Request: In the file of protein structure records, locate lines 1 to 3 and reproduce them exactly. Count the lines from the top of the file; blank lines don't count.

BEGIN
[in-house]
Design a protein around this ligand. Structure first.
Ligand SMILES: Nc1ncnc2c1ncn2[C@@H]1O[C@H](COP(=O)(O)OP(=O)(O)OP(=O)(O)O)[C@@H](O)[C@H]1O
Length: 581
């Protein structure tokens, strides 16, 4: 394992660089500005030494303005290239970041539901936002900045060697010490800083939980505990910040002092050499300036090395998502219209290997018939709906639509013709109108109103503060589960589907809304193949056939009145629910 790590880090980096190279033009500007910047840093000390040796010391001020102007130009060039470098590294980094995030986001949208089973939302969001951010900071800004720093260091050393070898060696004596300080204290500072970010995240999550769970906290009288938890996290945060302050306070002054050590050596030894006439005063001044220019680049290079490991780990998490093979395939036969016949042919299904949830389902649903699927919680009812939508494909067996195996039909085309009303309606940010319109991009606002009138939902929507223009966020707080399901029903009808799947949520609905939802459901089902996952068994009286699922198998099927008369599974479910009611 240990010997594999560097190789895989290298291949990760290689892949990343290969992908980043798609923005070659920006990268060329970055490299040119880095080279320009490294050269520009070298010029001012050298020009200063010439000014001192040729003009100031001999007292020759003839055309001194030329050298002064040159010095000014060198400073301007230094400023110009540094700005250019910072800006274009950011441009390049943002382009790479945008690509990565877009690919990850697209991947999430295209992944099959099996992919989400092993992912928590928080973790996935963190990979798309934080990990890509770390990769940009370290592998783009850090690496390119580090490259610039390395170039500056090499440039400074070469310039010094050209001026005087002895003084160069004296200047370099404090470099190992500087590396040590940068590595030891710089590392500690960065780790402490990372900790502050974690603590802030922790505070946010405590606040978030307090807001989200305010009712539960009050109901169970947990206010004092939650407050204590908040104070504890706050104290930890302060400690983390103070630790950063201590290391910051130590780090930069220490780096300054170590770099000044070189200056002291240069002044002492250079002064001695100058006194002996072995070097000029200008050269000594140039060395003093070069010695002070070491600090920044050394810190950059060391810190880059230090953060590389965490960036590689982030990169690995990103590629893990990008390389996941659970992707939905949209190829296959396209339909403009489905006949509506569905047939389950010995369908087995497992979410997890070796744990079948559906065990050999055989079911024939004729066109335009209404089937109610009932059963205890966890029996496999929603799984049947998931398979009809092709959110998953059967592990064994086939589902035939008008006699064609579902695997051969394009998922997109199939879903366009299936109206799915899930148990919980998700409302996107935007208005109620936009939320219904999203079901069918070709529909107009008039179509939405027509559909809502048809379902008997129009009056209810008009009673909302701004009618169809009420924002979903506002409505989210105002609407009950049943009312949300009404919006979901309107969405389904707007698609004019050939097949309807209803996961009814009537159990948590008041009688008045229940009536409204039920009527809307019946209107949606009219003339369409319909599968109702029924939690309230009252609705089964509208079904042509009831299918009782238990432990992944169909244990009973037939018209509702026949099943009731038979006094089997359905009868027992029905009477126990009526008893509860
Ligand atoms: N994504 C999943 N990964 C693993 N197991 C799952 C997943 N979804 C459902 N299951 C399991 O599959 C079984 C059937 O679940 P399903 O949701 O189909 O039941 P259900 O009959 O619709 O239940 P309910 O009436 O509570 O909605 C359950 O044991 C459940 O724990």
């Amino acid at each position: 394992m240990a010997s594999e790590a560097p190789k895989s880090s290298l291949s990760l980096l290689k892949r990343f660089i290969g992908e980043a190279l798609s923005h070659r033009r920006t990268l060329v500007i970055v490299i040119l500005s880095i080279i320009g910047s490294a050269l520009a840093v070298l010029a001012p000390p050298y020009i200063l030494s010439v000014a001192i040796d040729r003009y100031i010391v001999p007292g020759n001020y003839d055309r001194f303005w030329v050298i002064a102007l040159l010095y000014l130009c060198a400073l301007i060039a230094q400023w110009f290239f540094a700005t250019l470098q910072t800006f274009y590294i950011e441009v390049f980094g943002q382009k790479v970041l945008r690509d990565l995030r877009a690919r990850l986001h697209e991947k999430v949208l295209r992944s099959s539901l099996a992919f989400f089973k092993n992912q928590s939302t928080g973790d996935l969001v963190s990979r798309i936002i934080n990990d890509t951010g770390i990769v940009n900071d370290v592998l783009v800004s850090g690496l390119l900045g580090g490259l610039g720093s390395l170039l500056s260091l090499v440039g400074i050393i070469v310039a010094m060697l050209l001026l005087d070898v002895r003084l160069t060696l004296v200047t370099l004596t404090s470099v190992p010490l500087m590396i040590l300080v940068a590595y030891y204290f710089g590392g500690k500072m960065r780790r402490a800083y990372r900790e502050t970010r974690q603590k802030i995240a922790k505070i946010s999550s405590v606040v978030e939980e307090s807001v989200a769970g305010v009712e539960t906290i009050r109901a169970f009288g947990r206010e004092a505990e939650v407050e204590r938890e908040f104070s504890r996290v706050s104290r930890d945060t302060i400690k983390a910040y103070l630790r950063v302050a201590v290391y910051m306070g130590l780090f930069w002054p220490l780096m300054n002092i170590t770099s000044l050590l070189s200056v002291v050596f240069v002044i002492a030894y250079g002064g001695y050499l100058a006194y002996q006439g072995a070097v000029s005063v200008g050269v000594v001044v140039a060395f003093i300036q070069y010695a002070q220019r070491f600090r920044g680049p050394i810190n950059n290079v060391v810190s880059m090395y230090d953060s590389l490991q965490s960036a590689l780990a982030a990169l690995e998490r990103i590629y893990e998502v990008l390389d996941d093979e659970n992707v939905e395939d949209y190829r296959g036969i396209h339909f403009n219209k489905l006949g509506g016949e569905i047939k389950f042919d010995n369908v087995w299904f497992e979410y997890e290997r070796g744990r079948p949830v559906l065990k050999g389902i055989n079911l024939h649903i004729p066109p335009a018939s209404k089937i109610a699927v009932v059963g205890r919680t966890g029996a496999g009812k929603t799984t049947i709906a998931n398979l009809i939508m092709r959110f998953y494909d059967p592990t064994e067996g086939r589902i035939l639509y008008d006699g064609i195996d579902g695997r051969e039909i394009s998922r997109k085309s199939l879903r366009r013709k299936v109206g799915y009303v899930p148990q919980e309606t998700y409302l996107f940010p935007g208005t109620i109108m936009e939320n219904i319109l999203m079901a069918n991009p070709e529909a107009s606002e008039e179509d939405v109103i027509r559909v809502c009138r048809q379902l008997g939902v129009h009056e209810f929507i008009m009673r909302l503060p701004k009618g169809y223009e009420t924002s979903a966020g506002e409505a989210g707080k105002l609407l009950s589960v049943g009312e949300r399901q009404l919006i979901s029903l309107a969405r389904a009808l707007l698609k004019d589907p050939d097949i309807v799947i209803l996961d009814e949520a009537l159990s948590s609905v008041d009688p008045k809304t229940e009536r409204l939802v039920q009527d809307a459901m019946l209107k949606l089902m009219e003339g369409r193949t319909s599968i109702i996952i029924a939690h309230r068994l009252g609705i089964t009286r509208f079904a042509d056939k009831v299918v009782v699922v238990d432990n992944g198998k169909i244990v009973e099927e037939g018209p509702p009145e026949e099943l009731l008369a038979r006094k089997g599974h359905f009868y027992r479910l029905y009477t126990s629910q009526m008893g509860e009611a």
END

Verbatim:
[in-house]
Design a protein around this ligand. Structure first.
Ligand SMILES: Nc1ncnc2c1ncn2[C@@H]1O[C@H](COP(=O)(O)OP(=O)(O)OP(=O)(O)O)[C@@H](O)[C@H]1O